The Comeback Kid
Rayna first returned to Virginia Tech for a weekend in the fall of 2002. At the homecoming football game, she got a standing ovation from the crowd of 65,000 at halftime. Students wearing tee shirts bearing her jersey number—15—raised $50,000 to help with her medical expenses, and an anonymous donor later kicked in another $50,000.
A month later, she was in Blacksburg again, this time sitting on the bench as her women’s basketball teammates battled the University of North Carolina-Greensboro. During a timeout, Rayna tried to stand up, lost her balance and teetered backwards into her chair. A moment later, she was up again, walking to the huddle. “Did you see that?” Willie DuBose asked his wife. “She’s fearless.”
Her friends, her teammates, her family—all quickly learned to treat her just like when her arms and legs were made of human flesh. Not to show her any pity. Rayna made it crystal clear that she didn’t want any help unless she asked for it. So, no matter how much they’d want to lend a hand, they wouldn’t. They’d watch her grow tense and struggle for 5, 10, 15 minutes as she tried to get her shoes on over her rubber feet. Finally, sweating and frustrated, she’d say, “Well, aren’t you going to help?”
And they’d say, “Not unless you ask.”
Then everyone would have a good laugh.
In May 2003, only a year after her amputations, Rayna came back to Virginia Tech for good. Refusing to live in the handicapped-accessible dorm room on the ground floor as her parents urged, she instead took an off-campus apartment with a pair of teammates. The place wouldn’t be ready for another month, so she spent the first month at a temporary apartment at the bottom of a steep hill. The bus stop that Rayna would use was a half-mile away, straight up the hill. When Willie first saw that hill, he just shook his head. “I don’t see how she can do this,” he said at the time. “She’s going to fall down, and we’re never even going to hear about it.”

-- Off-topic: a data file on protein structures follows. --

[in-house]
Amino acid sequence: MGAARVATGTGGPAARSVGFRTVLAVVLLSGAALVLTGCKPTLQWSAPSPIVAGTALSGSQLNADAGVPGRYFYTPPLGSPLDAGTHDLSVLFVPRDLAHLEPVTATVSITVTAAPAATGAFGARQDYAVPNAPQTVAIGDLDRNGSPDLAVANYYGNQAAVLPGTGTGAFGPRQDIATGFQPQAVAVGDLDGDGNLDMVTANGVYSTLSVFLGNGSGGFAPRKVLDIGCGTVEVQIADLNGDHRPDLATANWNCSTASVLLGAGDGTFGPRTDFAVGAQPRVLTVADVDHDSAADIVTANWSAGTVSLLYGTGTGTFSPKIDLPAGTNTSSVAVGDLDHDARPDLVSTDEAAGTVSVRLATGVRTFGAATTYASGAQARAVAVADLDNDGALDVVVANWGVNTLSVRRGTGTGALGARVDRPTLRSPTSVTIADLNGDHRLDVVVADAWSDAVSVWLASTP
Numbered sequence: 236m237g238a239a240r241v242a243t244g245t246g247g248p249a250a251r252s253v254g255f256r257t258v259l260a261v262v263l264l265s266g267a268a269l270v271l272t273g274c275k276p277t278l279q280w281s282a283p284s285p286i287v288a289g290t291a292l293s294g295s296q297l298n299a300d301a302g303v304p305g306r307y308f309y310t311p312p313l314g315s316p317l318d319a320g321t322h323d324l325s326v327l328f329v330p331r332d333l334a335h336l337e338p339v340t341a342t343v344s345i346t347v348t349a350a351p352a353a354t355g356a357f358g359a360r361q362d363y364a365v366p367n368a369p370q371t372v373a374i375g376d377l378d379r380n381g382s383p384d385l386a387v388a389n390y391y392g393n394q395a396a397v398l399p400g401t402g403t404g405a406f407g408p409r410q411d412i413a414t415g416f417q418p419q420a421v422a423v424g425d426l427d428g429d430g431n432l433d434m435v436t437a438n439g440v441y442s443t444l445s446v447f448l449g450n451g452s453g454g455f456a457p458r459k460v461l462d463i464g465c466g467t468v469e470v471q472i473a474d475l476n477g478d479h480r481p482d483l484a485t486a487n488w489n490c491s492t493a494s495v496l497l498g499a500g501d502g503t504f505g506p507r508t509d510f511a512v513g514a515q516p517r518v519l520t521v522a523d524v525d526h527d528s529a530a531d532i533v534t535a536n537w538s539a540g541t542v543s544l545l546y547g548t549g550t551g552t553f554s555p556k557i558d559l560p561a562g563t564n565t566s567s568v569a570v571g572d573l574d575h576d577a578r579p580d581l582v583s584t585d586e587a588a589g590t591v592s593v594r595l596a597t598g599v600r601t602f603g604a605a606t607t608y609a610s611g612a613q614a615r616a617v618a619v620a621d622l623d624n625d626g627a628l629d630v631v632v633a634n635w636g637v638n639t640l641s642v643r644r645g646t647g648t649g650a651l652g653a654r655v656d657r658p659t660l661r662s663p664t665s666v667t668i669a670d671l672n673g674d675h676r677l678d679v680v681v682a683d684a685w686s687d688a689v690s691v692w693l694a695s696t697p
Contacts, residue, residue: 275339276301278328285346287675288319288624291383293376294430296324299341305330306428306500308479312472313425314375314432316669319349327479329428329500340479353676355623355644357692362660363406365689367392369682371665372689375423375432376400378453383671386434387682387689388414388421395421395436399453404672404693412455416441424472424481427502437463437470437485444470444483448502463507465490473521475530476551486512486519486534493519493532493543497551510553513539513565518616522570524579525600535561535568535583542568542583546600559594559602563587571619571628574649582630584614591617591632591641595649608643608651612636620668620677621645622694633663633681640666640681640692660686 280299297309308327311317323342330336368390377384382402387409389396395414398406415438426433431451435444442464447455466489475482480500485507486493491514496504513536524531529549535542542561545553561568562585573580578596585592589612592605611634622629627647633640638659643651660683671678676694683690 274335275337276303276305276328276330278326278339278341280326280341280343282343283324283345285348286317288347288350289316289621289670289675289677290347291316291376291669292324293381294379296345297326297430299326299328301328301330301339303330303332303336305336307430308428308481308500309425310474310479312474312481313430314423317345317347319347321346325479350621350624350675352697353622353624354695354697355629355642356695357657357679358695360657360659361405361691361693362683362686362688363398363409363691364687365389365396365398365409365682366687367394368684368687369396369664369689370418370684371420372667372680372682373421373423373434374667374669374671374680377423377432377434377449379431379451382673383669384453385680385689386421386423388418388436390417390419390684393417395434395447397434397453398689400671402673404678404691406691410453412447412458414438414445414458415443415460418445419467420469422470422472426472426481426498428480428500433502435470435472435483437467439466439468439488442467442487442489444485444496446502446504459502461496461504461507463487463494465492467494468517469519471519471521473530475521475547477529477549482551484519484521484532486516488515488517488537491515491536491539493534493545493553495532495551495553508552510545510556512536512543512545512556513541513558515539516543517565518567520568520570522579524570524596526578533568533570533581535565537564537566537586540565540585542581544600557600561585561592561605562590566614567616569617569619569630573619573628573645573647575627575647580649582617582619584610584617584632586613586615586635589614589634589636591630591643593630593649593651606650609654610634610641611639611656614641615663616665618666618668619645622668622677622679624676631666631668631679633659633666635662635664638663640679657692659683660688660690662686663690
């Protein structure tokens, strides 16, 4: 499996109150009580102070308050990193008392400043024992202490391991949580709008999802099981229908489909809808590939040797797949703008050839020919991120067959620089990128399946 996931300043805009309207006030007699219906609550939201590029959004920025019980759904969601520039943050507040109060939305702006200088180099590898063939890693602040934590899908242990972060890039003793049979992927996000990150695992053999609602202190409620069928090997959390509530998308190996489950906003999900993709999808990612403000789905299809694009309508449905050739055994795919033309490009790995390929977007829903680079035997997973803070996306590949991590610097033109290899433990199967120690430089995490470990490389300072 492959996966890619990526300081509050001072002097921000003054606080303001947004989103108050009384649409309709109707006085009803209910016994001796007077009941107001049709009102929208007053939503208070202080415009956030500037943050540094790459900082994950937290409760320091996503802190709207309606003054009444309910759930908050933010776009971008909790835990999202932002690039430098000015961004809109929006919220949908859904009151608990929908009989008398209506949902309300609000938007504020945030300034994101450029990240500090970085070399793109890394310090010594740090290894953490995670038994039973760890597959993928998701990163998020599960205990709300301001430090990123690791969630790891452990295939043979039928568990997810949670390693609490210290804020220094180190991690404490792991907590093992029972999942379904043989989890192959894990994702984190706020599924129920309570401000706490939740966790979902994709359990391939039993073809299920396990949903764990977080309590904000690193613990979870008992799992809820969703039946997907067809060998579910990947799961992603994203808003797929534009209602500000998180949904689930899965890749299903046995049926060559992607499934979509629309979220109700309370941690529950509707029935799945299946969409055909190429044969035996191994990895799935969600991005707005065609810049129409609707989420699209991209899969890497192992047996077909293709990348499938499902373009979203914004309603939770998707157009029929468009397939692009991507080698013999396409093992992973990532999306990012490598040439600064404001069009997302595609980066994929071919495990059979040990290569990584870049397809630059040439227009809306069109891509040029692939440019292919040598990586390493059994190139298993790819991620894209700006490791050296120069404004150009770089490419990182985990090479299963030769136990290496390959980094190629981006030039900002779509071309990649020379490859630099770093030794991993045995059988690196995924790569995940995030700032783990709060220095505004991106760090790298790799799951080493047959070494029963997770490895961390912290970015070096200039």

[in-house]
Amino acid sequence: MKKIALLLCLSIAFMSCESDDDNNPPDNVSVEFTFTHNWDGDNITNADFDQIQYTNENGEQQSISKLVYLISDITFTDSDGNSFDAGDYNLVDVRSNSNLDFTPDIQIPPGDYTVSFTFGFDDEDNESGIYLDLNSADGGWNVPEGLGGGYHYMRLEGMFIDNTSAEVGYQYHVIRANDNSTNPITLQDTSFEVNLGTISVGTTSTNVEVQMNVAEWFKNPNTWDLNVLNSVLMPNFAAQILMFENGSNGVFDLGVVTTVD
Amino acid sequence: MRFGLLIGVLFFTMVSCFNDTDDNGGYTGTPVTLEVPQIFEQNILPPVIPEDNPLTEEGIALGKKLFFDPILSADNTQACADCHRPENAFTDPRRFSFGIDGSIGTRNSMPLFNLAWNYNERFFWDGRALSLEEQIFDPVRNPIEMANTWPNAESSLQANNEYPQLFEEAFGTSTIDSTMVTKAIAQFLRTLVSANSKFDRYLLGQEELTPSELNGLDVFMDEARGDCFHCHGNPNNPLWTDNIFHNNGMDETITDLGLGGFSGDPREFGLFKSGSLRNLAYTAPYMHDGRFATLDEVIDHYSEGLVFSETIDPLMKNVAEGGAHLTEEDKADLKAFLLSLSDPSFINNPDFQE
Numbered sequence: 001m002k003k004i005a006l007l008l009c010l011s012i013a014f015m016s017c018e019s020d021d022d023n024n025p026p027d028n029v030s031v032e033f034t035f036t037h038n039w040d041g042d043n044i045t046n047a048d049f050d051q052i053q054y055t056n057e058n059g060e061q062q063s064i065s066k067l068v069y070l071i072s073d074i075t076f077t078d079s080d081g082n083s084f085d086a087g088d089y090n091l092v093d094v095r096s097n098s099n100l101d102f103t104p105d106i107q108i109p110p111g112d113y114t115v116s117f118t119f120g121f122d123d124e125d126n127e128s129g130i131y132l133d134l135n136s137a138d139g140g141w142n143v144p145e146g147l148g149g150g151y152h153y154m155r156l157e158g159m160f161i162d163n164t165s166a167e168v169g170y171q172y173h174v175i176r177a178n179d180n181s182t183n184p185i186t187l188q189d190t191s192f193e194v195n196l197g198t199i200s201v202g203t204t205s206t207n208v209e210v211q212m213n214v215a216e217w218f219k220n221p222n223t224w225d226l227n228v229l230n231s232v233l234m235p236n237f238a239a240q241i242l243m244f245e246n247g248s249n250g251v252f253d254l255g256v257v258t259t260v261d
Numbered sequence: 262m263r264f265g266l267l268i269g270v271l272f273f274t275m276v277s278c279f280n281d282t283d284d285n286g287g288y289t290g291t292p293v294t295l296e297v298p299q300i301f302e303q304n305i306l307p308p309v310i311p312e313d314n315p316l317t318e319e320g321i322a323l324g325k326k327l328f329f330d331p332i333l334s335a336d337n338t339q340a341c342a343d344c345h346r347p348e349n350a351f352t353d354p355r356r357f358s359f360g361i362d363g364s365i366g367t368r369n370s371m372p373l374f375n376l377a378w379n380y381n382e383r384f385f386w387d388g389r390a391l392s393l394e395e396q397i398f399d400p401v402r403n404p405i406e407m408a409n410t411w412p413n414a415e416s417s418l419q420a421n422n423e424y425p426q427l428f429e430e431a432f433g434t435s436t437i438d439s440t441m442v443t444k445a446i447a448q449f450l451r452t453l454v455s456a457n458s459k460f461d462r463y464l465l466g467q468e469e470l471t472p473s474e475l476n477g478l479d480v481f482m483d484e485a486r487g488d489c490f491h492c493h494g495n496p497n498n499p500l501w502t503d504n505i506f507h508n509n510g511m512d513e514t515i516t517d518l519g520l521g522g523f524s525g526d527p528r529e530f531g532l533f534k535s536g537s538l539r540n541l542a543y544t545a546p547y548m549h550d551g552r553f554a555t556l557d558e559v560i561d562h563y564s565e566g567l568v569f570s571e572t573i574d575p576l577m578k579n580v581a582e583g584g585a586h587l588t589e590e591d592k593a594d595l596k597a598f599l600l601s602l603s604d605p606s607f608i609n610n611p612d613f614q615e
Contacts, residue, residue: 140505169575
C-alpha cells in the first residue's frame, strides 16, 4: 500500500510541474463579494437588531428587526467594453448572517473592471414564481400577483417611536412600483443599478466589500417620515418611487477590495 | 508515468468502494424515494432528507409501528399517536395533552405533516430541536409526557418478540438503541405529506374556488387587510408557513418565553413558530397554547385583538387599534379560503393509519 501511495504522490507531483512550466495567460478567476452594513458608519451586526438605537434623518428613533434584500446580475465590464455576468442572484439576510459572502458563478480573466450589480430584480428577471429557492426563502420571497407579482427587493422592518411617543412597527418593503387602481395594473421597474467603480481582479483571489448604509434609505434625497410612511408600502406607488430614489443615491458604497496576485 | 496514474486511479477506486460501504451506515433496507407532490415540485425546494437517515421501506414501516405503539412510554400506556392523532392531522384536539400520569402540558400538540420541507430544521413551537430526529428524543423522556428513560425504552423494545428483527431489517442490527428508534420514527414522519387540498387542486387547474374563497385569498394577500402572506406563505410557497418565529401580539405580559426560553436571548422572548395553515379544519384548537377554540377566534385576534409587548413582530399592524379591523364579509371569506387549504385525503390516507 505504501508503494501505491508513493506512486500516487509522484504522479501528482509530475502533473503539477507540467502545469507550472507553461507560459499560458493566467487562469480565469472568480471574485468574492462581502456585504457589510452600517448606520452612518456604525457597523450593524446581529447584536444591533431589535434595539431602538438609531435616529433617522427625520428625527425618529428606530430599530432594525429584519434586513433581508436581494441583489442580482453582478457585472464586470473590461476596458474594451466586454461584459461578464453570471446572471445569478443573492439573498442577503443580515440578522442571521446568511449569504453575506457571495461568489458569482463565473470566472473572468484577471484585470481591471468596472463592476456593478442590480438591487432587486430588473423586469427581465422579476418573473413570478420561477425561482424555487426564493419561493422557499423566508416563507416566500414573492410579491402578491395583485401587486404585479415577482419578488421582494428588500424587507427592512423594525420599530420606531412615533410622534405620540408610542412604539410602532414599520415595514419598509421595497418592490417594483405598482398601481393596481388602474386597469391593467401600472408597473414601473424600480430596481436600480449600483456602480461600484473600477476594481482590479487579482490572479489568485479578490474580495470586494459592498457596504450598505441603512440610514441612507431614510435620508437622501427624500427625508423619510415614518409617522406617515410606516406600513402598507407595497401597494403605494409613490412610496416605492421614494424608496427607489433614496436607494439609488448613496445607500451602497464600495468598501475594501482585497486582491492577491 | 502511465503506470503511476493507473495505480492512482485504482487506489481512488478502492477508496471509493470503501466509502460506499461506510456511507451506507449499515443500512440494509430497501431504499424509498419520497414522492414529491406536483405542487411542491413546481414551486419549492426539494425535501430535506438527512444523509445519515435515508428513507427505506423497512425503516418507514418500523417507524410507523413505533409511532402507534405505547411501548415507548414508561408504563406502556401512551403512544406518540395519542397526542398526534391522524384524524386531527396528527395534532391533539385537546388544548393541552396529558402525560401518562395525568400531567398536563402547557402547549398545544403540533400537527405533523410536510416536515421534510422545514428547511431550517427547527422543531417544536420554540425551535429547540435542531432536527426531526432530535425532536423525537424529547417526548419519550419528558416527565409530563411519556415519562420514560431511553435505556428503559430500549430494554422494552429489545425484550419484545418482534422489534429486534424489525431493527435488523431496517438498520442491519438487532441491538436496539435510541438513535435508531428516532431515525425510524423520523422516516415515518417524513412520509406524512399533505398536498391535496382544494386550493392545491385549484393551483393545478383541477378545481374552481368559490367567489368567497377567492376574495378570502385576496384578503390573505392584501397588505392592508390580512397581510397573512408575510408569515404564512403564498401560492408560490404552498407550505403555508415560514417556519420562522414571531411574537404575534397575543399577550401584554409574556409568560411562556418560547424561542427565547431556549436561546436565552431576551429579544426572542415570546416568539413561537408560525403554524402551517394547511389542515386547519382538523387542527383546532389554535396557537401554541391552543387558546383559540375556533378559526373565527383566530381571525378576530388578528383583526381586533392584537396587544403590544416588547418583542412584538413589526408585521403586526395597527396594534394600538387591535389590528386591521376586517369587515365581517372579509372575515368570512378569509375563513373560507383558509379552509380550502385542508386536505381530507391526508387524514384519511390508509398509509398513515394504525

Maybe she fell down. Maybe she didn’t. But Willie and Andrea DuBose never did hear about it.
Those next four years went fast. Rayna kept her scholarship, and she rejoined the basketball team as a student assistant coach. Whatever the team did, she did. She helped out in the low post, playing defense like the dominating center she’d once been. She’d grab rebounds, run the floor with her teammates. She’d work out with them in the weight room. And when they were doing drills she couldn’t, she’d cheer.
She attended the games, traveled with the team on road trips. She still felt like part of the team. And she was.
Rayna graduated from Virginia Tech in May with a degree in consumer studies. Of course, her mother wanted her to come back home to Maryland. But Rayna did what most 23-year-olds do in that situation: She refused.
Instead, she decided to stay in Blacksburg. She got an apartment with a friend and a part-time job as a study-hall monitor to generate some cash. She hits the gym three times a week, riding a stationary bike or working out with a personal trainer. She travels a lot, to West Virginia, North Carolina, Maryland and Atlanta, mostly to visit friends and family. And she’s been working on her website (raynadubose.net) and building toward a longer-term goal—a career as a motivational speaker.
“I want to tell people about surviving meningitis. About living with prosthetics. I want to help inspire new people.”